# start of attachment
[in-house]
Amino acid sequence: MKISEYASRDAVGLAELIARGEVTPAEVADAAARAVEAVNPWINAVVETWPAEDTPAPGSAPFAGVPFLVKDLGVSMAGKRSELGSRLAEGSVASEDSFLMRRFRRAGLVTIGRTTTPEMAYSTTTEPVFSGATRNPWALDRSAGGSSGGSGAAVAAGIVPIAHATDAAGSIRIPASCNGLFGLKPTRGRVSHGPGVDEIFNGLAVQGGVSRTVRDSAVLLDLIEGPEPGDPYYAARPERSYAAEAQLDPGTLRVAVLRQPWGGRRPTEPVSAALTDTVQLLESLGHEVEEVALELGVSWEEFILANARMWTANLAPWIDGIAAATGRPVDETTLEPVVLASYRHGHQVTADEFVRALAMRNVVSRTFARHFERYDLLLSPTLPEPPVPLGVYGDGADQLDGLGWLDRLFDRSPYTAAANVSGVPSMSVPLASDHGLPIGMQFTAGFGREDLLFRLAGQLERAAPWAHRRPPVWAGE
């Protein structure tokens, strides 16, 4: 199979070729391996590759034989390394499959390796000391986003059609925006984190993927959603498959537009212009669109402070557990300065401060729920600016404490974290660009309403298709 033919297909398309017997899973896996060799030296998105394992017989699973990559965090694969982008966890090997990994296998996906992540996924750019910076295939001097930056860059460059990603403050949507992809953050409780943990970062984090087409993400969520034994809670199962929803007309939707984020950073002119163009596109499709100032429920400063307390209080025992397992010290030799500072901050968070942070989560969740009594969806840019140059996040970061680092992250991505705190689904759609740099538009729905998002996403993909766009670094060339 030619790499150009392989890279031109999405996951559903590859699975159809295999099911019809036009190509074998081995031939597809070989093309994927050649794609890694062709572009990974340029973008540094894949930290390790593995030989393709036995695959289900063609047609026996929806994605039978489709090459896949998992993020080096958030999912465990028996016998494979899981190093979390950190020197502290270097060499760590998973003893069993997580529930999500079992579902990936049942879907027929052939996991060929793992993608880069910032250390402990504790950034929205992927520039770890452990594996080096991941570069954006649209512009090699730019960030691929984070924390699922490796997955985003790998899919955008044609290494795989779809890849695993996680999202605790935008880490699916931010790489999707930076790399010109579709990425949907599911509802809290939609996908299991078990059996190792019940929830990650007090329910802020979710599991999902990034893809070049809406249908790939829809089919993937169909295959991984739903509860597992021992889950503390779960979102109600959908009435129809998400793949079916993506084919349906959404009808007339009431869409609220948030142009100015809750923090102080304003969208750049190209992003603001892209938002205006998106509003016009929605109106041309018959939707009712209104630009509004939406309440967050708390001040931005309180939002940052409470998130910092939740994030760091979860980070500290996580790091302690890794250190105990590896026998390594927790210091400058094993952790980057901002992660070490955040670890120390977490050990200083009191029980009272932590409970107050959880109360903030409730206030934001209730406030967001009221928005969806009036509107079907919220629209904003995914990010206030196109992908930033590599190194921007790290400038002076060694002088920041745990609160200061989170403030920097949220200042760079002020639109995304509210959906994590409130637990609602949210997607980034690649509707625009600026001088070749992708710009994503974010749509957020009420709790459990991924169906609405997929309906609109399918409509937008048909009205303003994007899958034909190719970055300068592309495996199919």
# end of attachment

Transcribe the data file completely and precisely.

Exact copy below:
[in-house]
Amino acid sequence: MKISEYASRDAVGLAELIARGEVTPAEVADAAARAVEAVNPWINAVVETWPAEDTPAPGSAPFAGVPFLVKDLGVSMAGKRSELGSRLAEGSVASEDSFLMRRFRRAGLVTIGRTTTPEMAYSTTTEPVFSGATRNPWALDRSAGGSSGGSGAAVAAGIVPIAHATDAAGSIRIPASCNGLFGLKPTRGRVSHGPGVDEIFNGLAVQGGVSRTVRDSAVLLDLIEGPEPGDPYYAARPERSYAAEAQLDPGTLRVAVLRQPWGGRRPTEPVSAALTDTVQLLESLGHEVEEVALELGVSWEEFILANARMWTANLAPWIDGIAAATGRPVDETTLEPVVLASYRHGHQVTADEFVRALAMRNVVSRTFARHFERYDLLLSPTLPEPPVPLGVYGDGADQLDGLGWLDRLFDRSPYTAAANVSGVPSMSVPLASDHGLPIGMQFTAGFGREDLLFRLAGQLERAAPWAHRRPPVWAGE
């Protein structure tokens, strides 16, 4: 199979070729391996590759034989390394499959390796000391986003059609925006984190993927959603498959537009212009669109402070557990300065401060729920600016404490974290660009309403298709 033919297909398309017997899973896996060799030296998105394992017989699973990559965090694969982008966890090997990994296998996906992540996924750019910076295939001097930056860059460059990603403050949507992809953050409780943990970062984090087409993400969520034994809670199962929803007309939707984020950073002119163009596109499709100032429920400063307390209080025992397992010290030799500072901050968070942070989560969740009594969806840019140059996040970061680092992250991505705190689904759609740099538009729905998002996403993909766009670094060339 030619790499150009392989890279031109999405996951559903590859699975159809295999099911019809036009190509074998081995031939597809070989093309994927050649794609890694062709572009990974340029973008540094894949930290390790593995030989393709036995695959289900063609047609026996929806994605039978489709090459896949998992993020080096958030999912465990028996016998494979899981190093979390950190020197502290270097060499760590998973003893069993997580529930999500079992579902990936049942879907027929052939996991060929793992993608880069910032250390402990504790950034929205992927520039770890452990594996080096991941570069954006649209512009090699730019960030691929984070924390699922490796997955985003790998899919955008044609290494795989779809890849695993996680999202605790935008880490699916931010790489999707930076790399010109579709990425949907599911509802809290939609996908299991078990059996190792019940929830990650007090329910802020979710599991999902990034893809070049809406249908790939829809089919993937169909295959991984739903509860597992021992889950503390779960979102109600959908009435129809998400793949079916993506084919349906959404009808007339009431869409609220948030142009100015809750923090102080304003969208750049190209992003603001892209938002205006998106509003016009929605109106041309018959939707009712209104630009509004939406309440967050708390001040931005309180939002940052409470998130910092939740994030760091979860980070500290996580790091302690890794250190105990590896026998390594927790210091400058094993952790980057901002992660070490955040670890120390977490050990200083009191029980009272932590409970107050959880109360903030409730206030934001209730406030967001009221928005969806009036509107079907919220629209904003995914990010206030196109992908930033590599190194921007790290400038002076060694002088920041745990609160200061989170403030920097949220200042760079002020639109995304509210959906994590409130637990609602949210997607980034690649509707625009600026001088070749992708710009994503974010749509957020009420709790459990991924169906609405997929309906609109399918409509937008048909009205303003994007899958034909190719970055300068592309495996199919």